Covid-19 and Employee Surveillance

  • Stephen Blumenfeld
  • Gordon Anderson
  • Val Hooper
Keywords: Covid-19, pandemic, employee surveillance, monitoring, performance, digital Taylorism, remote work, trade unions, collective bargaining, privacy


While working from home is not a new concept, the advent of the Covid-19 pandemic has, for many in the workforce, rendered it the ‘new normal’, concomitant with enhanced use of workplace surveillance technologies to monitor and track staff working from home. Even prior to the global pandemic, organisations were increasingly using a variety of electronic surveillance methods to monitor their employees and the places where they work, whether it be in an office building or remotely. This technology traverses various facets of the work environment, including email communications, web browsing, the use of active badges for locating and tracking employees, and the gathering of personal information by employers. The application of these technologies, nevertheless, raises privacy concerns, which are exacerbated when work is undertaken in employees’ own homes, a phenomenon that has become more prevalent due to Covid-19. This article addresses the issue of electronic workplace monitoring, its implications for employees’ privacy and the role of collective bargaining in addressing this emergent practice, which has also been given new impetus during the pandemic.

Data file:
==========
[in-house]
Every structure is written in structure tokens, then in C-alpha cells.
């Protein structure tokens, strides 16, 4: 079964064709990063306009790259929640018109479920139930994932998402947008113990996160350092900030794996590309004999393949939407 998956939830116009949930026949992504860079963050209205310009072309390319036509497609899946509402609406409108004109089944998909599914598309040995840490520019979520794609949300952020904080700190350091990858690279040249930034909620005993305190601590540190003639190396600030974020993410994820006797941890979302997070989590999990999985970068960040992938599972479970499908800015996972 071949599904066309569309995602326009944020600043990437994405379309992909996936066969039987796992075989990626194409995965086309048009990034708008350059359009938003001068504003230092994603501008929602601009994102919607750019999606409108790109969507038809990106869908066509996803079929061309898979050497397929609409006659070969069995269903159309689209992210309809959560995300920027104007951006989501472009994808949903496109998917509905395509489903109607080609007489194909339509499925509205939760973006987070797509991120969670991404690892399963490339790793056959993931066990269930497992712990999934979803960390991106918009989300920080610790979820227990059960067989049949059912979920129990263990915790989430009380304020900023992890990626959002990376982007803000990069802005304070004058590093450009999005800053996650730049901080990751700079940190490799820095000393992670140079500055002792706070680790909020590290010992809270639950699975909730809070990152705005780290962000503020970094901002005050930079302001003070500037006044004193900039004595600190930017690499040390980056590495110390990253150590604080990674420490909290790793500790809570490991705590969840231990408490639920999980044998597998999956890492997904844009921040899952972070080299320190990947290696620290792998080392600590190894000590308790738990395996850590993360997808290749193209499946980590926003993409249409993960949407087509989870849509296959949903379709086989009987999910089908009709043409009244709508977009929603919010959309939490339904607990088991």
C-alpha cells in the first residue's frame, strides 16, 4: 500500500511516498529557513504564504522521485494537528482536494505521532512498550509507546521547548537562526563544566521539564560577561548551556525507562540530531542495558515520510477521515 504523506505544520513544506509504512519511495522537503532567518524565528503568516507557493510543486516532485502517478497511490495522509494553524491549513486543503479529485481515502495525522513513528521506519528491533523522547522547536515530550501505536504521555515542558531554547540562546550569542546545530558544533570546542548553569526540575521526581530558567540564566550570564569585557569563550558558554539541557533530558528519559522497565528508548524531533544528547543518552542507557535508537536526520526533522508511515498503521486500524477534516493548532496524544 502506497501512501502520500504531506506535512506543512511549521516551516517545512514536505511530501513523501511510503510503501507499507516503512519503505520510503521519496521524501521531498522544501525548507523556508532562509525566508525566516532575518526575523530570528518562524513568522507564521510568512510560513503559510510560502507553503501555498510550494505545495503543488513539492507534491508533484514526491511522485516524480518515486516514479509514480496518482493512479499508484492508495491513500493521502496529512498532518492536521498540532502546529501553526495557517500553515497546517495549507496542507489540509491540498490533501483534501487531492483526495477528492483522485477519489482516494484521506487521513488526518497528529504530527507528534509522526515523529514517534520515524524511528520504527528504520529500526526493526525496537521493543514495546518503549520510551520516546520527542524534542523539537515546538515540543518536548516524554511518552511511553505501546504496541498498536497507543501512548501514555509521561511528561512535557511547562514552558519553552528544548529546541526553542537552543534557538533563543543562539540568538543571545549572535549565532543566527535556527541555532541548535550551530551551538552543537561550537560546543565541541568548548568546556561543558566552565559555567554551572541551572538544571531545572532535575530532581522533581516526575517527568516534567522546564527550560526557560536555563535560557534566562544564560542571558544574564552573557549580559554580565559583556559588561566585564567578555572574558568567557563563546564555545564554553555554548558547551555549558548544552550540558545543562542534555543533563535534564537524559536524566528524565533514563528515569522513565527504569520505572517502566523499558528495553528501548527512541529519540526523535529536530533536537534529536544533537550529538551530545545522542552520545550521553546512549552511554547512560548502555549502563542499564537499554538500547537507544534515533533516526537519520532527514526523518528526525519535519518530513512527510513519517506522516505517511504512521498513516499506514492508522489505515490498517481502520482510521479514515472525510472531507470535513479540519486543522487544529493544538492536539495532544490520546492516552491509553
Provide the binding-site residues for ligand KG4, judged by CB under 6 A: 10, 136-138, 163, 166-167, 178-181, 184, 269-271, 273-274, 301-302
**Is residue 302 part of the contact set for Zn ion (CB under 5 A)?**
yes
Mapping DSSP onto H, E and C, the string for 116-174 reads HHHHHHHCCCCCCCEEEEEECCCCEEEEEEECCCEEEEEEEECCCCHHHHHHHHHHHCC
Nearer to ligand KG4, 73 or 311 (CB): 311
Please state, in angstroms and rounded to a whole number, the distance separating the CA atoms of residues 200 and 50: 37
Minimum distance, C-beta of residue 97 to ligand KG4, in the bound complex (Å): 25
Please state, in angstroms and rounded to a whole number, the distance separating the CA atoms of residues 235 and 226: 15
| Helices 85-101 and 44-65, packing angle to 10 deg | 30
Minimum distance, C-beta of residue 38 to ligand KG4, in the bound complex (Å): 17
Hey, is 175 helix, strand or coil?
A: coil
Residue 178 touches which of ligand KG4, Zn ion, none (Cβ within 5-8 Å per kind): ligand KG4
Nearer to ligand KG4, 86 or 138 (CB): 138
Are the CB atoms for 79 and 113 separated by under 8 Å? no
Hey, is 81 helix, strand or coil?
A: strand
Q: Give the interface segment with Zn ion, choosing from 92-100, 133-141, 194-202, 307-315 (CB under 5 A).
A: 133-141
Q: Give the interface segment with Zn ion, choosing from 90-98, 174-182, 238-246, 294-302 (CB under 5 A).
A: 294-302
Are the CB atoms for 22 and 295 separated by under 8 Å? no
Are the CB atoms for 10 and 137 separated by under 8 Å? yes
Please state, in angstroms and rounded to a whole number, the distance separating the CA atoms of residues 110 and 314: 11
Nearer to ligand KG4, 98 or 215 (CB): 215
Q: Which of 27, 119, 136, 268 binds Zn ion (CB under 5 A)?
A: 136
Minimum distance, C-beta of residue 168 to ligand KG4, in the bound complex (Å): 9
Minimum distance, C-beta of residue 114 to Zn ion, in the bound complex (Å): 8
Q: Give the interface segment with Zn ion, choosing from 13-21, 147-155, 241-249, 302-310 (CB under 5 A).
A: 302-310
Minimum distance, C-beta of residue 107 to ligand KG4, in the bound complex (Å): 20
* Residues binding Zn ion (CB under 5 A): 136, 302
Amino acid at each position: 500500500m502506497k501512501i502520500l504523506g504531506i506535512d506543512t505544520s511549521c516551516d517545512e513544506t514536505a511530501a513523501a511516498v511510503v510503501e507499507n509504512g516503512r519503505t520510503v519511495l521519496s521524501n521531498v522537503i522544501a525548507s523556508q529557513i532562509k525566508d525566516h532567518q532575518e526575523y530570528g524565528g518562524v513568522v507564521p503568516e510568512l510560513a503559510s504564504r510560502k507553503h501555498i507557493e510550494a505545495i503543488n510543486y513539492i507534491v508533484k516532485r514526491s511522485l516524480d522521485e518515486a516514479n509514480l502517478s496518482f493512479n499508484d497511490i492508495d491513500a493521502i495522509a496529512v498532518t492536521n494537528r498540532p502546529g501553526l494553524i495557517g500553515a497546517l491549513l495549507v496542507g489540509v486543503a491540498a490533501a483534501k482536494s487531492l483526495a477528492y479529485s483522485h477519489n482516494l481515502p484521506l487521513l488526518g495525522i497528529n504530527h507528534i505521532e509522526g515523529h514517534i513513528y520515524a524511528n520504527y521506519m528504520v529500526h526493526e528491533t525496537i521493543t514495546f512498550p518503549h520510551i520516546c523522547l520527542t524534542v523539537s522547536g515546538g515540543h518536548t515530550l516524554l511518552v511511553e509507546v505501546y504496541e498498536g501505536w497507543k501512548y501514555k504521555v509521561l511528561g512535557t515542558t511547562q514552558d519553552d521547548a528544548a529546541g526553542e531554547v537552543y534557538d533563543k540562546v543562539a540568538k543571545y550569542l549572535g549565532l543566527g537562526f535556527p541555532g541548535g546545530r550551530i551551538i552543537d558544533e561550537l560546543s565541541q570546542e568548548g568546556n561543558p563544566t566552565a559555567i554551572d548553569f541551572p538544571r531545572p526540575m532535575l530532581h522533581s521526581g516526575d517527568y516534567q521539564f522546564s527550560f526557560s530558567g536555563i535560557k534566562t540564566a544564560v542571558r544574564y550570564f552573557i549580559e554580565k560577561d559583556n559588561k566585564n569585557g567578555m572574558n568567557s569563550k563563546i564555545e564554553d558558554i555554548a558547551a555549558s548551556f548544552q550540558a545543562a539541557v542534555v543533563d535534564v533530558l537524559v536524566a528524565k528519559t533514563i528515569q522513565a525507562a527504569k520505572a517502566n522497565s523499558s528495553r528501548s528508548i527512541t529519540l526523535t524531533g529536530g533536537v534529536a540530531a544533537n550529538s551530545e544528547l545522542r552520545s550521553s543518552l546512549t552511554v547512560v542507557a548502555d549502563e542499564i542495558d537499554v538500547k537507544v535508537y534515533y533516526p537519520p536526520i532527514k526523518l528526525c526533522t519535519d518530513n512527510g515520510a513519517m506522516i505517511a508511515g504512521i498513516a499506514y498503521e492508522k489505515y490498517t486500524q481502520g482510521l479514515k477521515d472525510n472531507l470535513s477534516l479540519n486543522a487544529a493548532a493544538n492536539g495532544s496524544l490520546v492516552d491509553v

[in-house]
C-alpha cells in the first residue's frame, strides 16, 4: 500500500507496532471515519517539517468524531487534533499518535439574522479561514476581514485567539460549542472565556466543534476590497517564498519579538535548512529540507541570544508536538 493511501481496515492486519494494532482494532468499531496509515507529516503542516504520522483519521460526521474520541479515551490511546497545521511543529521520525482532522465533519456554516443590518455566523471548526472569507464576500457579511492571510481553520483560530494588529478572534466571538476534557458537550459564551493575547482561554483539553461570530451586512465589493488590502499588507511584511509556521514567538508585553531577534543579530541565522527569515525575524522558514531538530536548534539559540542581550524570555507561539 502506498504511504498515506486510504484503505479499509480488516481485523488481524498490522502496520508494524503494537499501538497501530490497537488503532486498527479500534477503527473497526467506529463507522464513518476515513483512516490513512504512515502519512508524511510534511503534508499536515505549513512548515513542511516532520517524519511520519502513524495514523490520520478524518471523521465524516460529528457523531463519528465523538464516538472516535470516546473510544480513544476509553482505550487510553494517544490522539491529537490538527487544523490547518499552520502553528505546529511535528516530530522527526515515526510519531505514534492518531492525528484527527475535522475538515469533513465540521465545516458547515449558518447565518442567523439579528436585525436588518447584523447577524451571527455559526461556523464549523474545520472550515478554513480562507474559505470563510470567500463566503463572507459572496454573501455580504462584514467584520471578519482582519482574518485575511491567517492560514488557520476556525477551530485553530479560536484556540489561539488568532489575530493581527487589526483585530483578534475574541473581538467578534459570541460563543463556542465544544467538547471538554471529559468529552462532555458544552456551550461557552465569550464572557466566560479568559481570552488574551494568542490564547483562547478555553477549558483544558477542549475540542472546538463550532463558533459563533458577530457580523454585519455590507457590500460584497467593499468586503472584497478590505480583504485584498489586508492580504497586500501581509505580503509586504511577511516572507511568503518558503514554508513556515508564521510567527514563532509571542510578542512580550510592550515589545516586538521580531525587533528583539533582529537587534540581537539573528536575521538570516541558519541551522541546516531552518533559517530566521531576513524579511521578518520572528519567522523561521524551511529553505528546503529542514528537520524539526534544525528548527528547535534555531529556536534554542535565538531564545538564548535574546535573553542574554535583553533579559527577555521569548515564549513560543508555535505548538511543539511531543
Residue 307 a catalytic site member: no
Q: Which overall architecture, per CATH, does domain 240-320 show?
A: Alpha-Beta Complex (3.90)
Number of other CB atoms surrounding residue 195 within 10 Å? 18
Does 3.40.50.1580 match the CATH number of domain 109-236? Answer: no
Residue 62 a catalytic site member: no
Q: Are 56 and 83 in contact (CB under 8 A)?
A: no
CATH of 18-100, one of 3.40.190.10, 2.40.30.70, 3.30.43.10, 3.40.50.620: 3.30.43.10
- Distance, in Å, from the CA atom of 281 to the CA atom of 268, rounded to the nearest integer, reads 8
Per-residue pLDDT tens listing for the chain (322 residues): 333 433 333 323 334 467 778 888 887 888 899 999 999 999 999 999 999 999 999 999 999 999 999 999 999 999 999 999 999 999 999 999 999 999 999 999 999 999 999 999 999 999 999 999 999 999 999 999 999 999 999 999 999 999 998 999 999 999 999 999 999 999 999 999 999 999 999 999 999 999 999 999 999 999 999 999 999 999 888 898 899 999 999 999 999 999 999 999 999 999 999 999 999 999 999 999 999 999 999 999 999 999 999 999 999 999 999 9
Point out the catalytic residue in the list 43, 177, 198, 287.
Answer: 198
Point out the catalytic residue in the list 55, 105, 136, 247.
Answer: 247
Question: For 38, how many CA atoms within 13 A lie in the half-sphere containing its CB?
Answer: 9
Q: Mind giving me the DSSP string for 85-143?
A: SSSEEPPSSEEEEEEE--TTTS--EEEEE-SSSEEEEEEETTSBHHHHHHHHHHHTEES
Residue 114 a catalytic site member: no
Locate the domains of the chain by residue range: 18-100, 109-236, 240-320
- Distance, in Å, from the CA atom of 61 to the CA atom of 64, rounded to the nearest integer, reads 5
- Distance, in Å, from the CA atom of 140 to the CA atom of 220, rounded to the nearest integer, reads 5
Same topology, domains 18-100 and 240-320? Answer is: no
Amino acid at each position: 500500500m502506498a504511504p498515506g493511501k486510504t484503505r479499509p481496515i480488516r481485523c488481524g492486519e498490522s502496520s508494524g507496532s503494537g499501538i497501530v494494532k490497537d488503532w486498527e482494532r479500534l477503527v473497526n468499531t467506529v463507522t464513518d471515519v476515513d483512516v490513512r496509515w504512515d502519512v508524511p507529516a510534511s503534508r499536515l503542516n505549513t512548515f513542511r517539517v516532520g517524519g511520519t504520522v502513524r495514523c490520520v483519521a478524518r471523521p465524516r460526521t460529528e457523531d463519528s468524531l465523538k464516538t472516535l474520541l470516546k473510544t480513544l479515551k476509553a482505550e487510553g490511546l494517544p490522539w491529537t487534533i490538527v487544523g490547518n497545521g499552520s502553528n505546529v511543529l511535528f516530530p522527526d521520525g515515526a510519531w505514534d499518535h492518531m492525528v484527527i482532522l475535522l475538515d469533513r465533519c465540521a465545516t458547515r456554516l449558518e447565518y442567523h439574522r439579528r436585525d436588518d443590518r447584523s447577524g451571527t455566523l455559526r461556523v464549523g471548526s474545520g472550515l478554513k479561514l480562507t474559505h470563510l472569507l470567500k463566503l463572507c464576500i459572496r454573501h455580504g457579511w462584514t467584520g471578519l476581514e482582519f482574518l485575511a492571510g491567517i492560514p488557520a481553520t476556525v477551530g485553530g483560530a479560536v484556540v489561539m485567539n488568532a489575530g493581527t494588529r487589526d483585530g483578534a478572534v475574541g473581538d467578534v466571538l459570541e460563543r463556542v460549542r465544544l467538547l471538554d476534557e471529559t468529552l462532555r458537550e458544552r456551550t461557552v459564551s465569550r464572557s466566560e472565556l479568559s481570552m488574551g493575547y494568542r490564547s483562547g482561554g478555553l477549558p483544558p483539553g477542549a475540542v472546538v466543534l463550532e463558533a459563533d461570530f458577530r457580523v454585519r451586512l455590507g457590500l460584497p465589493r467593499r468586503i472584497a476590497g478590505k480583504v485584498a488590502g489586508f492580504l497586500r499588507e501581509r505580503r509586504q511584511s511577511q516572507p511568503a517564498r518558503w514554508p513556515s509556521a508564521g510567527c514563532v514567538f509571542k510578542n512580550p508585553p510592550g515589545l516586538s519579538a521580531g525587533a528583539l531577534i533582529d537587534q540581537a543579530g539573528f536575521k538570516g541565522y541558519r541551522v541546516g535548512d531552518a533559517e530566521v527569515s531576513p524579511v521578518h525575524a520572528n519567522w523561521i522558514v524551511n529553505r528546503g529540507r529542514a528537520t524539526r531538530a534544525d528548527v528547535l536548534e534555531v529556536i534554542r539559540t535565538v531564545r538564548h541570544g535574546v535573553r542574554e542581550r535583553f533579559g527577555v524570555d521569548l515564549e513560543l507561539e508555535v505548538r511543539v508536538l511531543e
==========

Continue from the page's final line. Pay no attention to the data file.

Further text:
How to Cite
Blumenfeld, S., Anderson, G., & Hooper, V. (2020). Covid-19 and Employee Surveillance. New Zealand Journal of Employment Relations, 45(2), 42-56.